What the hell?! This is a story, a novel, right?
“The son wishes to remember what the father wishes to forget.”Yiddish Proverb
She yanks the black skillet out and slung the grease into the sink. Before he knew what was happening, Mildred raised the heavy pan into the air and charged into him, hitting him on the forehead with a loud throng. Blood ran down over his eye and he grabbed her and pushed back into the bedroom. The kids heard them bumping into the wall for seemed like forever and then they heard nothing at all. (p.9)
Freda hushed the girls and made them huddle under a flimsy flannel blanket on the bottom bunk bed. “Shut up, before they hear us and we’ll be next” she whispered loudly. She tried to comfort the two youngest, Angel and Doll, by wrapping them inside her skinny arms, but it was no use. They couldn’t stop crying. None of them understood any of this, but when they heard the mattress squeaking, they knew what was happening.(p.9)
Money ran from his room into Freda’s. When Money couldn’t stand it any more, he tiptoed back to his room. He flipped over his mattress, because the fighting always made him lose control of his bladder. He would say his prayers extra hard and swear that when he got older and got married he would never beat his wife; he wouldn’t care whatshe did. He would leave first.(p.9)
The girls slid into their respective bunks and lay there, not moving to scratch or even twitch. They tried to inch into their separate dreams but the sound of creaking grew louder and louder, then faster and faster. “Why they try to kill each other, then do the nasty?” Bootsey asked Freda. “Mama don’t like doing it,” Freda explained. “She only doing it so Daddy won’t hit her no more.”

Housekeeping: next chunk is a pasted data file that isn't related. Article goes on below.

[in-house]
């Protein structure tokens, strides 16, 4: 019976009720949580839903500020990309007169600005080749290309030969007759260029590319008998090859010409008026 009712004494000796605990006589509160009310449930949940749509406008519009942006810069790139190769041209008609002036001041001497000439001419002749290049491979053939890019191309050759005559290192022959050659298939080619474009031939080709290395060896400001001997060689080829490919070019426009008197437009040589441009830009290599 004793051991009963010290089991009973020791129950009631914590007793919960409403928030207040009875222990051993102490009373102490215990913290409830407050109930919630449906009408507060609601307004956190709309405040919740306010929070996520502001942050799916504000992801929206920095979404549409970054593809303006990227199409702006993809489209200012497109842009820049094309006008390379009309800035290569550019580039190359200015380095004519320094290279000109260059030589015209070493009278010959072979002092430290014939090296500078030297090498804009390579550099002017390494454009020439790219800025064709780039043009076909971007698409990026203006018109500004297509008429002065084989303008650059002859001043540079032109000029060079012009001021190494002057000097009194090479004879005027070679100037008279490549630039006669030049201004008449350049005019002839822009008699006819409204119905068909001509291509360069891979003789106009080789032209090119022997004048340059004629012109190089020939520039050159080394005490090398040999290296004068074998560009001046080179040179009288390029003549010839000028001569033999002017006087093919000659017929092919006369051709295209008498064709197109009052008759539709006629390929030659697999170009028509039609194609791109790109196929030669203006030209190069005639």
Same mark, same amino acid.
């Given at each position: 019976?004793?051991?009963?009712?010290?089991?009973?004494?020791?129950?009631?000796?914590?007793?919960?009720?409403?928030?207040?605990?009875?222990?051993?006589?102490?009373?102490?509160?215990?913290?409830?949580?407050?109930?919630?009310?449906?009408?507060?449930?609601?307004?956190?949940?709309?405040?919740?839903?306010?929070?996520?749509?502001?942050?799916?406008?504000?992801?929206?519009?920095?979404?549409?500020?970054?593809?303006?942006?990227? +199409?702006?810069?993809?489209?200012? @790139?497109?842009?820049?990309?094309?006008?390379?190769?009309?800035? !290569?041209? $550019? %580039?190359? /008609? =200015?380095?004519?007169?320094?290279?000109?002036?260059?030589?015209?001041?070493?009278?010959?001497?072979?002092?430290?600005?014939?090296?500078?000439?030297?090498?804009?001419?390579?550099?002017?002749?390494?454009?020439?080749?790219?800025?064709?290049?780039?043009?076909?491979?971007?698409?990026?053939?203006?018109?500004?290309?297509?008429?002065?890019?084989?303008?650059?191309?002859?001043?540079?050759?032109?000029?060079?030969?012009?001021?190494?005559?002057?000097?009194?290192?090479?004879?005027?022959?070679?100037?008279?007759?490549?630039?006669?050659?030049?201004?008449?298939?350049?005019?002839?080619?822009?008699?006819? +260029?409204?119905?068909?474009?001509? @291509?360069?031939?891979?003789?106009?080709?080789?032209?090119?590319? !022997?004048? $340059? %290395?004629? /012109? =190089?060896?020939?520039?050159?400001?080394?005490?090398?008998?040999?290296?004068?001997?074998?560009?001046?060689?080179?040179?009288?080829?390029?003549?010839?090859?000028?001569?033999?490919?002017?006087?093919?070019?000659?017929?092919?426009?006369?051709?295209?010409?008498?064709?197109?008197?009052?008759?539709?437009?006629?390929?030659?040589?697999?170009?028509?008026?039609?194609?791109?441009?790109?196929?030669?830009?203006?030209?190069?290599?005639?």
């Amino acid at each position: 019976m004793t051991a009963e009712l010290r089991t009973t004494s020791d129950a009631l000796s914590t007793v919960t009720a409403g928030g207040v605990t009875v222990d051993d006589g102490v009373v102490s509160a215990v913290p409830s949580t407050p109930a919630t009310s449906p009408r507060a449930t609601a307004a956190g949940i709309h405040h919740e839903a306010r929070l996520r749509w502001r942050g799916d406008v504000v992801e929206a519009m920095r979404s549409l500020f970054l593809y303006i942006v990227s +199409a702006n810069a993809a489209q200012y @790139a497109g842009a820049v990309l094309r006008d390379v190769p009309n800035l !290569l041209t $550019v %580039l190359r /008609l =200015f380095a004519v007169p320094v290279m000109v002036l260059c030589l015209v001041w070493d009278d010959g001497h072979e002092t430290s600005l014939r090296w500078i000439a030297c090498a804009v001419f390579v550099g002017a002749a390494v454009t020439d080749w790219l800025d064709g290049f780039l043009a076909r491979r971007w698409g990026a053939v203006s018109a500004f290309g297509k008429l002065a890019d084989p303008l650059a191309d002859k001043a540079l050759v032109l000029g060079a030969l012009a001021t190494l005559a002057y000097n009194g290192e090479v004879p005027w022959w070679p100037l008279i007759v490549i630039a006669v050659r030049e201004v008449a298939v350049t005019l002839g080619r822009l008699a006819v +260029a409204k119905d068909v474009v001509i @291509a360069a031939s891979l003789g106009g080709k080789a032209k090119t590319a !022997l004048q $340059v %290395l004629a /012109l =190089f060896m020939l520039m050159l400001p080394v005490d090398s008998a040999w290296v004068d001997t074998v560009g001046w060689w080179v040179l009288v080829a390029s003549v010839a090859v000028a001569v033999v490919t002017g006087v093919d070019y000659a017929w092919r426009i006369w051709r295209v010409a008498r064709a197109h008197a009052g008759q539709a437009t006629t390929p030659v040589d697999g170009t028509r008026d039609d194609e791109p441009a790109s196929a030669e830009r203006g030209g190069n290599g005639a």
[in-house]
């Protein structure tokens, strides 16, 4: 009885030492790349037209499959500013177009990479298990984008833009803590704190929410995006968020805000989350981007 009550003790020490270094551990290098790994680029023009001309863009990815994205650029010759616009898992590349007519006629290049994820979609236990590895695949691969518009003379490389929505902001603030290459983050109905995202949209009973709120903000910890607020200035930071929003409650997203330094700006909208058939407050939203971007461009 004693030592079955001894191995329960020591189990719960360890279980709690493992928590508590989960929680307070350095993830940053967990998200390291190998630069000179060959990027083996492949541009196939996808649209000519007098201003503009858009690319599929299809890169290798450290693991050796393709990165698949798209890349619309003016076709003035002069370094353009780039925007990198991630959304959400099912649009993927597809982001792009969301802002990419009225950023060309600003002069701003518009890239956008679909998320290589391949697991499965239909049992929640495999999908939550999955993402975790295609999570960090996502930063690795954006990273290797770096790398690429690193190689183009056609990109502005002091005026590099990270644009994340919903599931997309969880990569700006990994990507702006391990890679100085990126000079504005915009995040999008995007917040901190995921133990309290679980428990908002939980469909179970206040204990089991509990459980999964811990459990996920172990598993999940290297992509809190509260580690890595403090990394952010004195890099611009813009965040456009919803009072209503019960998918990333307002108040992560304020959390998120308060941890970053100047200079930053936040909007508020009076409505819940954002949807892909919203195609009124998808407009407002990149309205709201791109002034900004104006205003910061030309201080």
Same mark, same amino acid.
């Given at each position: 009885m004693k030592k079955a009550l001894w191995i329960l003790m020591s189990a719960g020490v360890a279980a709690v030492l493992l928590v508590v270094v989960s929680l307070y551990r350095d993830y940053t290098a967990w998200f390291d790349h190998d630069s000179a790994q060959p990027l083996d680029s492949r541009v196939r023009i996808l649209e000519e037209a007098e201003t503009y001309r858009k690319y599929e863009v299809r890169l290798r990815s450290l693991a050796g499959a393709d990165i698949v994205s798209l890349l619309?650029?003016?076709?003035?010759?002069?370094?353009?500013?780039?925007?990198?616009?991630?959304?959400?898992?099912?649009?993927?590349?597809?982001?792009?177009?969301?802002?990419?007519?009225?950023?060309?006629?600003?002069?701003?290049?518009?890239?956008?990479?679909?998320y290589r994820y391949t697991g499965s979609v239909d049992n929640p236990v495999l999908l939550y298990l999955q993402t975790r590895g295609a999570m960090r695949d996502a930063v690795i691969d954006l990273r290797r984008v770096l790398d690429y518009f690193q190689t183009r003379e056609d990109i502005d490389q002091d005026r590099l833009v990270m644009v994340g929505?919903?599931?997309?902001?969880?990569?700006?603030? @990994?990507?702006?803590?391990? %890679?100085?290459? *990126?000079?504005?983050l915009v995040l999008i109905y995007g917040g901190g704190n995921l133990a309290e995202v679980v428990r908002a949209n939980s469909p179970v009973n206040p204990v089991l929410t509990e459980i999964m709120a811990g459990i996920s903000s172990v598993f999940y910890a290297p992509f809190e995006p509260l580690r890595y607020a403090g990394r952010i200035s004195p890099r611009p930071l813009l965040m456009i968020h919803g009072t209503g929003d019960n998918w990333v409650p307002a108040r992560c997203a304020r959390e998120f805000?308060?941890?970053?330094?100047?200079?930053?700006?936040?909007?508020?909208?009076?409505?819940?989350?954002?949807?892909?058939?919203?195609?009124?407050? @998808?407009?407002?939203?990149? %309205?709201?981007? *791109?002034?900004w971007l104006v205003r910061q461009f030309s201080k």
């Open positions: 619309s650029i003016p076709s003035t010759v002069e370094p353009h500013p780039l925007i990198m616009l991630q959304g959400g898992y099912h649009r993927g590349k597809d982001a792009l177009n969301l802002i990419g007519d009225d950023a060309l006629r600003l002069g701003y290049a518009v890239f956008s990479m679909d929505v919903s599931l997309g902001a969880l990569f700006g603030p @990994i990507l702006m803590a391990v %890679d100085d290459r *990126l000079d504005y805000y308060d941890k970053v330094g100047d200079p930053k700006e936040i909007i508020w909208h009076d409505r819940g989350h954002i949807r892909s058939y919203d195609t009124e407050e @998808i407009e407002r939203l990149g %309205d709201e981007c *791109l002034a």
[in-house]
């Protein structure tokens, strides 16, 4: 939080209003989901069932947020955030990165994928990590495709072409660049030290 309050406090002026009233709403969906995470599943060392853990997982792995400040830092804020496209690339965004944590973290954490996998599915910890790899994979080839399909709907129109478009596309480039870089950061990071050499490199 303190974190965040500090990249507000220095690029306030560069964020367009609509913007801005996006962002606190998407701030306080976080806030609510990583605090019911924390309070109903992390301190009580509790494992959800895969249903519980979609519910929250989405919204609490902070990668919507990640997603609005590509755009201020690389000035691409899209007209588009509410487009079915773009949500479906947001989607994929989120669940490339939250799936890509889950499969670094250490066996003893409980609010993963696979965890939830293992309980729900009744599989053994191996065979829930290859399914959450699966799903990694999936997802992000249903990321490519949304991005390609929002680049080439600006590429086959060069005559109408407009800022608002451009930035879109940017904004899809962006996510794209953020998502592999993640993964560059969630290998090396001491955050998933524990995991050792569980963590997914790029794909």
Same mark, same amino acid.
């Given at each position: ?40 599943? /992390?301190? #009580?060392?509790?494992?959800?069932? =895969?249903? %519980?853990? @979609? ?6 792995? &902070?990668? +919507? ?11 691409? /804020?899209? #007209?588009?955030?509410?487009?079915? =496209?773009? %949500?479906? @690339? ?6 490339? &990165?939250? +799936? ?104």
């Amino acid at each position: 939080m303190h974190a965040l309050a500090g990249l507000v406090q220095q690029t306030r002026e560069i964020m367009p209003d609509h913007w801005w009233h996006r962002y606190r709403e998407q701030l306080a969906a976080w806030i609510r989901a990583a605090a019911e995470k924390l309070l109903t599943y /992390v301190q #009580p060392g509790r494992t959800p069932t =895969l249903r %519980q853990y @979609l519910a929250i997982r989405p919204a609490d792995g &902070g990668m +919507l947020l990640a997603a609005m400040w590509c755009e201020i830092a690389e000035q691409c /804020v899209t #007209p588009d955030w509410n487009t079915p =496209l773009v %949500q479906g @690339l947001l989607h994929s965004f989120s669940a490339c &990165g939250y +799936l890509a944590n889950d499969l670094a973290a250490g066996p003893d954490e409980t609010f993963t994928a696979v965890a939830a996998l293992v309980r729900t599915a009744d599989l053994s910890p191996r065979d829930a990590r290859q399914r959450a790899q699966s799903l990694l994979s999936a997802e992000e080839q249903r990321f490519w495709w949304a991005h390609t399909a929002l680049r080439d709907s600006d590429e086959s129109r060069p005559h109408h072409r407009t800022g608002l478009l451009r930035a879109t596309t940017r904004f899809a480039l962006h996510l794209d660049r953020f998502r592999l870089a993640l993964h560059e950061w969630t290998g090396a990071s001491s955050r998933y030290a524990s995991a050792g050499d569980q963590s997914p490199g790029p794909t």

Sounds like she like it to me. It’s taking forever,” said Bootsey. Angel and Doll didn’t know what they were talking about. “Just go to sleep,” Freda said. And pretty soon the noises stopped and their eyelids drooped and they fell asleep.”(p.10)
· In a nationally representative survey conducted in 1996, 29% of African American women and 12% of African American men reported at least one instance of violence from an intimate partner.· African Americans account for a disproportionate number of intimate partner homicides. In 2005, African Americans accounted for almost 1/3 of the intimate partner homicides in this country.· Black women comprise 8% of the U.S. population but in 2005 accounted for 22% of the intimate partner homicide victims and 29% of all female victims of intimate partner homicide.· Intimate partner homicides among African Americans have declined sharply in the last 30 years. Partner homicides involving a black man or black woman decreased from a high of 1529 in 1976 to 475 in 2005, for a total decline of 69%.· Intimate partner deaths have decreased most dramatically among black men. From 1976-1985, black men were more likely than black women to be a victim of domestic homicide; by 2005, black women were 2.4 times more likely than a black male to be murdered by their partners. Over this period, intimate partner homicides declined by 83% for black men vs.55% for black women.